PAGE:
A NEW LOOK AT WORKPLACE LAW AS SEEN THROUGH THE EYES OF AN EMPLOYMENT LAWYER AND FORMER JOURNALIST. FIT FOR EMPLOYERS, EMPLOYEES, AND EVERYONE IN BETWEEN

148 Things You Need To Know About Bill 148

148 Things You Need To Know About Bill 148

This Fall has officially been a whirlwind for employment law in Ontario. 

On November 22, Queen’s Park passed Bill 148, otherwise known as the Fair Workplaces, Better Jobs Act 2017. The Act gives employment law in this province its first facelift in over a decade, and it’s a major one.   

The Bill is, in a word, complicated. It makes multiple technical amendments to several different Acts, namely the Employment Standards Act (“ESA”) but other legislation as well. Some of the new provisions will have an immediate noticeable impact, while others will be more technical and subtle. The deadlines are staggered, but begin rolling out through the next few weeks and into 2019 as well. 

Creative Commons\Nick Youngson

Creative Commons\Nick Youngson

While reviewing the Bill in its entirety would be a gargantuan task, here are a few important highlights:

•    There is a significant government crackdown on misclassifying employees as independent contractors. Employers now have a reverse onus to prove that an individual is not an employee if they are not paid and protected as one, otherwise they will be deemed to be employees. 

•    Employers are not to require employees to wear elevated footwear (think high heels) unless it is required to do the job safely. While this clearly would not apply to a bar or restaurant, exceptions are in place for the entertainment and advertising industries. 

•    Minimum wage is going up. The new minimum wage will be $14 per hour as of January 1st, and will rise to $15 per hour in 2019. There are still separate wage categories for students, liquor servers, and homeworkers, but those too have gone up. 

•    Parental leave is being extended to fall in line with the new federal option of 18-month leave. In Ontario, parents will now receive either 61 or 63 weeks of available leave, depending on whether or not they are also taking pregnancy leave. Note, however, that EI premiums have not increased; the same amounts are instead being repackaged to extend over the longer duration, if desired. 

•    All Ontario employees covered under the ESA will now be entitled to 10 days of personal emergency leave per year, with employers mandated to pay 2 of those 10 days. These can be used for illness or medical emergency, so they’re essentially guaranteed sick days, if needed.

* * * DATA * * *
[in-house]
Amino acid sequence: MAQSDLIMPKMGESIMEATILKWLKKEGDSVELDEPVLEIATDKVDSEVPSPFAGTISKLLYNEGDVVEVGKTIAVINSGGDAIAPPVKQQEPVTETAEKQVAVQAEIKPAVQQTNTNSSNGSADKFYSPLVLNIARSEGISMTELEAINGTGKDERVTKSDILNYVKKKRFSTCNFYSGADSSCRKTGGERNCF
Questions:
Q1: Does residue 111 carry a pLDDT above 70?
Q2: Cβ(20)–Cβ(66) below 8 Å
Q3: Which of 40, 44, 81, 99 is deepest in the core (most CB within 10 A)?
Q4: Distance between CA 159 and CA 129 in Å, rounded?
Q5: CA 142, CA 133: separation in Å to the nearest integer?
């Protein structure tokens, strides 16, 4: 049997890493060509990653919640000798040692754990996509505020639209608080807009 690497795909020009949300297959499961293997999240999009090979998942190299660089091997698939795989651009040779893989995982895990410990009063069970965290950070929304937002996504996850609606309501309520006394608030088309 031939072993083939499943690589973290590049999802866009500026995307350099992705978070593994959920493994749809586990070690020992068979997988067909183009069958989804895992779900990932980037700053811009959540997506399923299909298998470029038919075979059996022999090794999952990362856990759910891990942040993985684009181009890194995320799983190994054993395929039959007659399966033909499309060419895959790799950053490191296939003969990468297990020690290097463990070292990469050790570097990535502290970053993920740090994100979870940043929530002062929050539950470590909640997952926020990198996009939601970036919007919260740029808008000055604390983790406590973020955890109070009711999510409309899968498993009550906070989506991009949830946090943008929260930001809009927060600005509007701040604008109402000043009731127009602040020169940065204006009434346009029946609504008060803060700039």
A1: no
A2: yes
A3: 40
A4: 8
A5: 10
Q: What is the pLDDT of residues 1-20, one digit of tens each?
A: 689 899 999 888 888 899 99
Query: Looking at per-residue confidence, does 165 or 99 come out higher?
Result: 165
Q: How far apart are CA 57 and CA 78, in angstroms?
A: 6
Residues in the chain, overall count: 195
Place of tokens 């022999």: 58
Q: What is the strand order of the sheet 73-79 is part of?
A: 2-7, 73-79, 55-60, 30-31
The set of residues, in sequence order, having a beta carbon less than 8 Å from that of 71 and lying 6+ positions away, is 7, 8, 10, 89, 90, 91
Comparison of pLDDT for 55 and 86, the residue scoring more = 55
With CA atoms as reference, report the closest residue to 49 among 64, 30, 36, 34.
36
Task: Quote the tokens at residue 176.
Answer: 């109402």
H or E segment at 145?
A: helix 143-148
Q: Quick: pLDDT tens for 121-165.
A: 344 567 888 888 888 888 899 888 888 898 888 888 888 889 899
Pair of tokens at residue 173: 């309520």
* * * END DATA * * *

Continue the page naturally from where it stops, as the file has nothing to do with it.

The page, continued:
•    Employees are now entitled to a new category of Domestic or Sexual Violence Leave if an employee or their child faces or is threatened with domestic or sexual violence. This increases the number of leave categories under the ESA to 10, with each having unique requirements and characteristics.

•    Employees who have been with an employer for more than 5 years will now be entitled to a mandated 3 weeks vacation, paid out at 6% per annum instead of the previous 2 weeks. 

•    Come April, employers will be required to provide equal pay for employees who do work that is “substantially the same but not necessarily identical.” While the law is in place to protect major wage discrepancies and to help eliminate a gender pay gap, there are exceptions for criteria such as seniority or merit. 

•    Starting in 2019, employees with an employer for longer than three months are entitled to request a flexible schedule, including either increased or decreased hours, a change in location, or changes in shifts. Employers who receive such requests in writing will be required to discuss them with the employee, and either grant them or provide reasons for a denial. 

Okay, so maybe that wasn’t 148 things, but the point remains that changes are coming quickly.

For both employers and employees, the most important part will be training and education throughout the workplace. These changes will likely require workplace policy overhauls, including potentially contract and procedural reviews and updates.  For employers, recruiting the services of a trained professional will help ensure that you remain compliant at all times, and can help keep your business ahead of the curve. 

The Bill will no doubt be challenging for many employers. Although a matter of debate, a sharp increase in the minimum wage will be an uncomfortable adjustment for many employers, and may present a hardship in certain situations. Employers will also be re-evaluating job descriptions in the coming months, to ensure that individuals are paid equally for equal work, and that proper policies are in place to account for any discrepancies. 

While it can be costly, and at times frustrating, compliance is not to be taken lightly. The Ministry of Labour has hired a number of new employment standards officers (over 50 in the GTA alone) to investigate businesses of all size throughout Ontario. Not all Ministry investigations are announced. Inspectors are empowered to perform unannounced investigations, or investigations in response to Ministry complaints as well. Maintaining legal compliance can help avoid contraventions of the ESA, which can lead to fines or other penalties as well. 

For employees, the Bill is a landmark in improving the rights of employees. The Bill makes multiple efforts at improving the quality of life for workers, from the increased minimum wage to increased schedule flexibility to protection against the occasional sick day. While there will certainly be growing pains in place that may be rocky for some, the Bill fosters a positive change in the long run for the protection of all Ontario employees. 

 The bottom line is that while the Bill may be long and complicated, your workplace still needs to be ready for all the changes yet to come.

Them, Too: Why Talking About Sexual Harassment Isn't Going Away Quietly

Them, Too: Why Talking About Sexual Harassment Isn't Going Away Quietly